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Quenneville: Oft-injured Pens still formidable

by Alan Robinson /
PITTSBURGH -- Facing the star-heavy Pittsburgh Penguins often is one of the biggest challenges for any NHL team. Lately, though, the Penguins are proving to be beatable without captain Sidney Crosby on the ice.
Crosby will sit out his sixth consecutive game Tuesday when the Penguins oppose the Chicago Blackhawks, who went into the night's play with a five-game winning streak and an NHL-best 46 points. Pittsburgh, by contrast, dropped four of five games before beating Buffalo 8-3 on Saturday behind Evgeni Malkin's seventh career hat trick and five-point game.
The Penguins are 13-9-3 this season without Crosby, who has missed all but eight of their last 74 games dating to the first week of January. Crosby, coincidentally, has played only two career games against the Blackhawks, none since he last opposed them on Feb. 14, 2007.
Since they owned a 10-3-3 record following a 3-1 win over the Dallas Stars on Nov. 11, the Penguins are 8-8-1 and haven't won more than two games in a row. That stretch includes the eight games Crosby played from Nov. 21-Dec. 5.
Regardless, Blackhawks coach Joel Quenneville said Pittsburgh remains a circle-the-calendar game on any team's schedule, Crosby or no Crosby.

"If you look around their team, they're finding ways across the board to contribute to what makes them successful. In our League, you got to be respectful of anybody and it's still a good team over there." -- Joel Quenneville on the Penguins' roster minus Sidney Crosby

“Malkin's coming off a five-point night,” Quenneville said Tuesday. “We know what he's capable of. If you look around their team, they're finding ways across the board to contribute to what makes them successful. In our League, you got to be respectful of anybody and it's still a good team over there.”
The Penguins could get a lift with the expected return of center Jordan Staal, who sat out three of the last four games with a lower-body injury. Staal's size and defensive skills would be an asset against Chicago's stable of scorers, including Jonathan Toews, Marian Hossa, Patrick Sharp and Patrick Kane.
Jordan Staal has been an absolute leader for our team this year,” Penguins coach Dan Bylsma said. “He has been dealing with a bit of an injury the last week or so, but he's really stepped up on the ice, where he's been very good, and off the ice in the dressing room.”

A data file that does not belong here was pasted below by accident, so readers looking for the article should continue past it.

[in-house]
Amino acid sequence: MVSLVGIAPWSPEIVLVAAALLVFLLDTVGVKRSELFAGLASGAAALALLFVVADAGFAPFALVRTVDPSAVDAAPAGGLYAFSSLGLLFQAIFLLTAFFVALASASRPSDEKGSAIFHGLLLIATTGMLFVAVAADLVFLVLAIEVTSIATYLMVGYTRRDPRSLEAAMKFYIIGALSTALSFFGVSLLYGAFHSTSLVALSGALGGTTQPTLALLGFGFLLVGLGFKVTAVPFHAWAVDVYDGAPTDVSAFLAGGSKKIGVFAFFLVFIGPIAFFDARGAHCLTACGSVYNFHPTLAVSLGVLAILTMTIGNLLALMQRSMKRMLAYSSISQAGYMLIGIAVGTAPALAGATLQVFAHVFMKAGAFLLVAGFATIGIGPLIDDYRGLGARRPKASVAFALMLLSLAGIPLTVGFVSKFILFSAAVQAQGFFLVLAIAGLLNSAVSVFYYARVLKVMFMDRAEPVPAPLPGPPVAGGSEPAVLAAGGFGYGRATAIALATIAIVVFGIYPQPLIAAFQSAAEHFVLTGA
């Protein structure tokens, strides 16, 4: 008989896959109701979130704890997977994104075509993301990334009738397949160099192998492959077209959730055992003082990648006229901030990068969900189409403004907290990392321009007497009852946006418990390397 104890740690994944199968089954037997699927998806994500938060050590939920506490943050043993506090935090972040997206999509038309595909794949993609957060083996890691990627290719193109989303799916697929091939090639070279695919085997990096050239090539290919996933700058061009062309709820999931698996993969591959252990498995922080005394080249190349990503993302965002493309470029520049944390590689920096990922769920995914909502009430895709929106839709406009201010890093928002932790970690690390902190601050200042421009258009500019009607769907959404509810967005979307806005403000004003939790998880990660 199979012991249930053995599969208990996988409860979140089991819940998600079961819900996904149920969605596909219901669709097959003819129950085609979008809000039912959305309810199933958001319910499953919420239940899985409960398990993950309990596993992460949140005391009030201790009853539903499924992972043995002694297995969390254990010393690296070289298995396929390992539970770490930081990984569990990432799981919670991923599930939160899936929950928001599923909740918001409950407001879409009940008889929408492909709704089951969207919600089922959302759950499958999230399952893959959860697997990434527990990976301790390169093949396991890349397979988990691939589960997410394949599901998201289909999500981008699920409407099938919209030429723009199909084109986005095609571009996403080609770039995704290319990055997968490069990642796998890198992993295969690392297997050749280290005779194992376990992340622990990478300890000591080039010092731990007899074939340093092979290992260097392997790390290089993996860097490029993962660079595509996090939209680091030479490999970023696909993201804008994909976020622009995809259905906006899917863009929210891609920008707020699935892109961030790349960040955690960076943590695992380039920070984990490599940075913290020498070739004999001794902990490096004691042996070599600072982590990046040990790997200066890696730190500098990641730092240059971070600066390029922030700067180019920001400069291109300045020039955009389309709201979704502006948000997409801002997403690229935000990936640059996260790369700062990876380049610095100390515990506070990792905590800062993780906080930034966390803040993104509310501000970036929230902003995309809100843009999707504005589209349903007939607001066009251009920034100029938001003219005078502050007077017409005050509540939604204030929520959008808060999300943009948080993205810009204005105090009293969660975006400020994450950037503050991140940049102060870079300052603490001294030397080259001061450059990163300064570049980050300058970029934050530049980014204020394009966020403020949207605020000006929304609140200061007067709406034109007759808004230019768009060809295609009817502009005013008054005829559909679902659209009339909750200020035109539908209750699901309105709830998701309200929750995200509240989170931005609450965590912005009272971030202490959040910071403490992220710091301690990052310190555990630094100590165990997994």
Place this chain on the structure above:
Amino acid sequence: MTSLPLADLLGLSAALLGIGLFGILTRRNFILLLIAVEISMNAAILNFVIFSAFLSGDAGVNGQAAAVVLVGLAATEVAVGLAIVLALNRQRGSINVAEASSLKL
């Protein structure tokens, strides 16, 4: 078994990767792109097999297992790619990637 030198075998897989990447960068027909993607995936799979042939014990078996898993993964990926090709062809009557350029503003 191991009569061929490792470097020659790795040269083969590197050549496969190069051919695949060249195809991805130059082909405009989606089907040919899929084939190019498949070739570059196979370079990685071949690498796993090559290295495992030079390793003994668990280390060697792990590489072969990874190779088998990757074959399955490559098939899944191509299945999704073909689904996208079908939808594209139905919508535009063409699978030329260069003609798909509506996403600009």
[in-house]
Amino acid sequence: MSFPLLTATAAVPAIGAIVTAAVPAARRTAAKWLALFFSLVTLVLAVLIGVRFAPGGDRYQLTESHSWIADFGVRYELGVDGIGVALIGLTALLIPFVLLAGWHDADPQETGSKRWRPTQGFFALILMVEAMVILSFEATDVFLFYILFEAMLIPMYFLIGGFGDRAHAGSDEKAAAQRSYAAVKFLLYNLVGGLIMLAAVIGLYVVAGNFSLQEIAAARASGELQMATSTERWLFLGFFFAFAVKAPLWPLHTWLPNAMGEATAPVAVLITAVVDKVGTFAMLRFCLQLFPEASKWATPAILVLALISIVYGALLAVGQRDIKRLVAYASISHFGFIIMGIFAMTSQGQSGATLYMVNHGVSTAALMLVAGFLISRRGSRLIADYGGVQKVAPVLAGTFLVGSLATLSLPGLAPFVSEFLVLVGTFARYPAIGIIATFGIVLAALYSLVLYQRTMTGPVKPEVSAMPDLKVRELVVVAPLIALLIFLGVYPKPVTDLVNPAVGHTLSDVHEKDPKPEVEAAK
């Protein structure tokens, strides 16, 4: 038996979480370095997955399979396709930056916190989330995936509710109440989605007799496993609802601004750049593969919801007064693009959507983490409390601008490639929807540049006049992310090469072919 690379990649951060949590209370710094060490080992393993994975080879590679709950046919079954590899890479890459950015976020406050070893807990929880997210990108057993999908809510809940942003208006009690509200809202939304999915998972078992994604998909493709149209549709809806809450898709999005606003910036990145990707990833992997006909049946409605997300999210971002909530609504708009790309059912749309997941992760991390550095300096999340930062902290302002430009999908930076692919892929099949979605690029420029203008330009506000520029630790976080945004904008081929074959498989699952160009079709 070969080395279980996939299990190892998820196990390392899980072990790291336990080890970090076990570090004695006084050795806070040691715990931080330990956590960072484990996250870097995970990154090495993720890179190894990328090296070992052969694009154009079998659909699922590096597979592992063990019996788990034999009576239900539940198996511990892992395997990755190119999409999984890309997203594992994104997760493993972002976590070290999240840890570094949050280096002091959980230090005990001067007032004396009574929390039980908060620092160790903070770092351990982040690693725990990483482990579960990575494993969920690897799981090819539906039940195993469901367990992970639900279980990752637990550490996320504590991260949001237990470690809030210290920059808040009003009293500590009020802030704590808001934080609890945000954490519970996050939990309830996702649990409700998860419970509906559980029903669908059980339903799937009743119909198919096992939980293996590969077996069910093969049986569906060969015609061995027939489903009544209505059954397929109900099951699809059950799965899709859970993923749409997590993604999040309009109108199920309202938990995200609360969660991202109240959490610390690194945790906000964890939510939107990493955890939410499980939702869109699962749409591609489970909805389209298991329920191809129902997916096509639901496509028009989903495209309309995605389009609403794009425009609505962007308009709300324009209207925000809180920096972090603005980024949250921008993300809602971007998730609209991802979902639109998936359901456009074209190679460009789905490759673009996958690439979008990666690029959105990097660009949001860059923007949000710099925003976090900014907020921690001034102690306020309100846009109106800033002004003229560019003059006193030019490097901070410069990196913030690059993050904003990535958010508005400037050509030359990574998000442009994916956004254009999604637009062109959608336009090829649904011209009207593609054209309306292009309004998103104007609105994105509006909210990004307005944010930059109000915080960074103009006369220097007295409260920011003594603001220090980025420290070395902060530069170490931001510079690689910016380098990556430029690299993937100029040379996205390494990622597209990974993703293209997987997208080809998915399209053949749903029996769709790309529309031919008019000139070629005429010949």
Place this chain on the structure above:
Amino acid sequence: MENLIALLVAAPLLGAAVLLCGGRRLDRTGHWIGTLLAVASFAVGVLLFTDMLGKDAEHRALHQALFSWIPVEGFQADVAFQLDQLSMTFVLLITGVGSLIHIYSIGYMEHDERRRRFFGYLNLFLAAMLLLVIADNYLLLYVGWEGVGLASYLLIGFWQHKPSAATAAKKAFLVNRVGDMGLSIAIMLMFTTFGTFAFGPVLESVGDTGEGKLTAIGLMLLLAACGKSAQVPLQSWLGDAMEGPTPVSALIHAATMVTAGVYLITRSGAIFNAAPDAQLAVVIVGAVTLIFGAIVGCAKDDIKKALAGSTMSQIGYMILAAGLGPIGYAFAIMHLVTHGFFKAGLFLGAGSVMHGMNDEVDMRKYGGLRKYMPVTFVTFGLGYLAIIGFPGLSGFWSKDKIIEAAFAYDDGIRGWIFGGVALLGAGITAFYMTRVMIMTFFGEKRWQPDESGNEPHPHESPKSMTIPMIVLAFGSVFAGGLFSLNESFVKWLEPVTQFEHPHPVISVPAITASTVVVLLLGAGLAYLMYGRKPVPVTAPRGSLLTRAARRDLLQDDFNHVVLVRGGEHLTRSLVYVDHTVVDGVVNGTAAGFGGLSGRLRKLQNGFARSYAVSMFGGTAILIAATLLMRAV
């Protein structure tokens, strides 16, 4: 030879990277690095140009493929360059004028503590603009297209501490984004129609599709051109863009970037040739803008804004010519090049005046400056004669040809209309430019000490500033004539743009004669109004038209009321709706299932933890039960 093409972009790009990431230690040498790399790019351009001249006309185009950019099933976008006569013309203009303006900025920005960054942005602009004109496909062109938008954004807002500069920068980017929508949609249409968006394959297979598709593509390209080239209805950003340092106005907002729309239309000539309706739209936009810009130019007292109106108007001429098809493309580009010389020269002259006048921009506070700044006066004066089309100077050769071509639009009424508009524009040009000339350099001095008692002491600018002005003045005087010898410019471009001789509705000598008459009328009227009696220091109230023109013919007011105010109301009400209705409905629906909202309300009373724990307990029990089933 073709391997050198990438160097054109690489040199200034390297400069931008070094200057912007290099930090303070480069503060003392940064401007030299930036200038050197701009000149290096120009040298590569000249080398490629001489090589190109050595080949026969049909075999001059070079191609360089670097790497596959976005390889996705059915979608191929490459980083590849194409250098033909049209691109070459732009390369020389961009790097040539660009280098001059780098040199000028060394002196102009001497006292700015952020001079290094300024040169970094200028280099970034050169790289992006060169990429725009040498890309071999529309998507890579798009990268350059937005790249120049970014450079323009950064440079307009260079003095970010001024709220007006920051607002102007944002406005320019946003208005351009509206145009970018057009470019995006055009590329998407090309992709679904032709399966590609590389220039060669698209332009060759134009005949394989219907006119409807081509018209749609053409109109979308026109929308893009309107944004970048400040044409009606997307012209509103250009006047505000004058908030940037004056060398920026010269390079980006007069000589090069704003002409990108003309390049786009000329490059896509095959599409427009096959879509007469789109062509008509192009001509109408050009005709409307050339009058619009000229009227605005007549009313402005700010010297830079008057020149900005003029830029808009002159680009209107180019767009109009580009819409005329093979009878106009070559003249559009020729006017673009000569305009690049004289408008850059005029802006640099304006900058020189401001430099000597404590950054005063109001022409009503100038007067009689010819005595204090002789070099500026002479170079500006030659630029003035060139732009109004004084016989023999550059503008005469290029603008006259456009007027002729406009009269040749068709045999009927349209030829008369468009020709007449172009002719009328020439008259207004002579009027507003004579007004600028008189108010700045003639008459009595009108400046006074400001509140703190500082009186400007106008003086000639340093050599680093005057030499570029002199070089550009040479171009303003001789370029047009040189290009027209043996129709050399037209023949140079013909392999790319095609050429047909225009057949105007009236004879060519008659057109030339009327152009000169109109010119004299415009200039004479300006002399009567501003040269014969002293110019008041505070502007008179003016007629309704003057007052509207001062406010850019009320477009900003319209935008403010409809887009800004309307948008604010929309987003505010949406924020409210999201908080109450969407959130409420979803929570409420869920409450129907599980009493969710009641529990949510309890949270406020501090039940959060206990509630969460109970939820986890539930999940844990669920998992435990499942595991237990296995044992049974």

The Penguins are 36-22-8 without Crosby over the last 12 months, a record that Quenneville considers to be admirable -- and a tribute to Bylsma's ability to extract the maximum from his roster. The Penguins already have used 32 players, including nearly every defenseman who plays regularly at Wilkes-Barre/Scranton (AHL).
They've needed every one of them due to the extended injury layoffs of a number of players, among them Crosby, Malkin, Kris Letang, Zbynek Michalek, Ben Lovejoy, Brooks Orpik and Tyler Kennedy. Now, defenseman Paul Martin (lower-body injury) has been added to the list.


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The Penguins have had 170 man-games lost to injury, compared to only 23 for the Blackhawks.
“Where they're at is a compliment to the way they play and the way they're coached,” Quenneville said.
Because Bylsma and general manager Ray Shero implemented a system in which their minor league teams play the same way offensively and defensively as the Penguins do, they believe it is easier for newly recalled players to feel comfortable from the start.
“When guys come up from Wilkes-Barre, they have a chance for success because they expect the standard in that room (to be high); it's what the guys demand,” Bylsma said. “They also know what to do and how to do it.”
On Saturday, for example, veteran forward Jason Williams -- who has spent most of this season at Wilkes-Barre -- had a goal and an assist and defenseman Carl Sneep, playing in his first NHL game, made an excellent up-the-ice pass off the boards to create one of Malkin's goals.
“They've gone through quite a group of guys with everyone being hurt, but looking at their last game, they worked, they played the perfect team game,” Quenneville said. “They play hard, so there's not a lot of time and space. We want to be smart on how we go about this game. It's going to be a hard game for us, but there's a lot of respect for what they've gone through.”
Bylsma, who has had a full roster at his disposal only a handful of times since the end of the 2009-10 season, probably wishes he didn't need to improvise so often. Last season, for example, Staal missed all but one game in the first half of the season and Crosby sat out every game in the second half.
Still, Bylsma coaxed 106 points out of his team, tying for the second most in franchise history. As a result, he won the Jack Adams Award that is presented to the NHL coach of the year.
“If the reason (for winning it) was because of the injuries, then I wish it would go away,” Bylsma said.
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